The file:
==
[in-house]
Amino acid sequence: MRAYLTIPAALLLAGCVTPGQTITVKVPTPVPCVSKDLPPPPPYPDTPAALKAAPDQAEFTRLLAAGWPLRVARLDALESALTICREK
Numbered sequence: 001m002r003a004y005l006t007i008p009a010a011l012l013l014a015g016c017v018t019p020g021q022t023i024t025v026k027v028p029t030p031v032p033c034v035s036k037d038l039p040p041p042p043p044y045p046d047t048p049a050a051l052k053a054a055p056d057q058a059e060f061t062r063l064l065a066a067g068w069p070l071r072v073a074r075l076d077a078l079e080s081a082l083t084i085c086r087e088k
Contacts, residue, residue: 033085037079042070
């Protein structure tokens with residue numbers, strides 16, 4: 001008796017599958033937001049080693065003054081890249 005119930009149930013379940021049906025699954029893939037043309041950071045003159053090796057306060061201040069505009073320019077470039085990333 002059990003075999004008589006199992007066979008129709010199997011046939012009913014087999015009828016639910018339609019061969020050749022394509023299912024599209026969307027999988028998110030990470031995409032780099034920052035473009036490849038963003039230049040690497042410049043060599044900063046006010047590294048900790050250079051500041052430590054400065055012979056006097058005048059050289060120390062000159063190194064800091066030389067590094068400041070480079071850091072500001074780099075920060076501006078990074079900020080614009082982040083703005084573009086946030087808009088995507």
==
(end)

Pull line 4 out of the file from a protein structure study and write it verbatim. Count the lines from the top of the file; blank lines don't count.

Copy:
Contacts, residue, residue: 033085037079042070